Talk:2467: Wikipedia Caltrops
seems more like flares (which distract) than caltrops (which physically impair) to me. 18.104.22.168 16:31, 24 May 2021 (UTC)
I'd say "Well, I now know what I'm doing for the next few hours!", except that I suspect that this isn't even going to be the half of it... 22.214.171.124 16:37, 24 May 2021 (UTC)
except 'caltrops' is a funnier word than 'flares' and we get the gist anyway. 126.96.36.199 17:23, 24 May 2021 (UTC)
no WAY randall is a jon bois fan 188.8.131.52 17:38, 24 May 2021 (UTC)
Flares draw fire to prevent missiles from reaching their target. Caltrops impede the actual motion of the vehicle. If the links are as distracting as Randall implies, I think his choice makes sense! 184.108.40.206 00:34, 25 May 2021 (UTC)
Flares do " draw fire" but because they are more visible to heat seakeking missiles than engine jet engine heat. This seems like a solvable problem, missile and flare wise.220.127.116.11 03:44, 25 May 2021 (UTC)
Shouldn't the links be given as QR codes rather than plain text, which would have to be read and re-typed into a device with a suitable web browser? 18.104.22.168 00:54, 25 May 2021 (UTC)
- Having to type the URL would be more distracting to driver of the car behind? And it's not like it is exactly easy to aim your phone camera to and read the QR code on a flying banner from the car in front of you, in addition to using smartphone mean traffic law violation. And text in URL also spoiler the link content a bit to invite interest. 22.214.171.124 02:45, 25 May 2021 (UTC)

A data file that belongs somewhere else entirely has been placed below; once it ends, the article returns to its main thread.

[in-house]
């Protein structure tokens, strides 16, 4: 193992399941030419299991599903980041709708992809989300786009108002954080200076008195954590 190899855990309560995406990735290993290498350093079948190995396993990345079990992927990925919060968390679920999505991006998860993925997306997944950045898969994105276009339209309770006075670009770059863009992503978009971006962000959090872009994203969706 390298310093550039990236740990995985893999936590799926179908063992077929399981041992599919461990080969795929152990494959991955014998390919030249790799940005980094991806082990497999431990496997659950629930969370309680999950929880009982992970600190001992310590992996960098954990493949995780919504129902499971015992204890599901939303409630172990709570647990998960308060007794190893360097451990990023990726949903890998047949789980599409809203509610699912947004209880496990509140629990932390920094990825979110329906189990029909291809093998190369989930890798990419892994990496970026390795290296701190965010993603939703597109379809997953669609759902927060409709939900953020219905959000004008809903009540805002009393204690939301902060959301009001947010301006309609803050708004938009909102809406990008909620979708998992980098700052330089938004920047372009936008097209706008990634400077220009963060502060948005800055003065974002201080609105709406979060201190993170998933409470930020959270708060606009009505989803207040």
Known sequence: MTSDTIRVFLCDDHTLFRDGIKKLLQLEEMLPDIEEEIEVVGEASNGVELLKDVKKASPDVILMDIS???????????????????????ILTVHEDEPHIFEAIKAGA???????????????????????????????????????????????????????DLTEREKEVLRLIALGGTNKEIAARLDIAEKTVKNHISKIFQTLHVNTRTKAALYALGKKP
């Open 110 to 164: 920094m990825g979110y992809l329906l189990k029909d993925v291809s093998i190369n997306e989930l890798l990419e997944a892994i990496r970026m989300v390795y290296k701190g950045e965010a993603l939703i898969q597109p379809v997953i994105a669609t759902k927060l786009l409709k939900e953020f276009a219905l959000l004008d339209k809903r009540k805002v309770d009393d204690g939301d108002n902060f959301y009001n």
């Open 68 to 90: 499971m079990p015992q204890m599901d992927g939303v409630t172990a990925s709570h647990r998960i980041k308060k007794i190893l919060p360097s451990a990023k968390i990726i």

- QR codes for urls are more a marketing ploy. The usage for typing urls into a webbrowser can be as easily done by an OCR algorithm on the camera image. Sebastian --126.96.36.199 12:02, 25 May 2021 (UTC)
- Plain text (if it contains interesting words) will catch the driver's attention. QR codes are easy to ignore.
I have nothing useful to add but wanted to point out that "as easily distracted as me." is grammatically incorrect - it should instead be "as easily distracted as I." 188.8.131.52 13:25, 25 May 2021 (UTC)
- XKCD 1576 OhFFS (talk) 14:53, 26 May 2021 (UTC)
- Firstly, no native speaker of English says "as [whatever] as I". Secondly, the whole phrase, "someone as easily distracted as me." is governed by the preposition "by", not just "someone". See §8 of the article on "as" in H.G. Fowler's A Dictionary of Modern English Usage (1926) for case after "as".
The wikipedia list should have a warning before it due to a HIGH nerd sniping potential. No doubt that was the intent. --Hman
It's a legitimate technique. I've been trying to read this explanation page for 48 hours but it keeps sending me down a Wikipedia hole that I have to dig myself out of. Xseo (talk) 10:14, 26 May 2021 (UTC)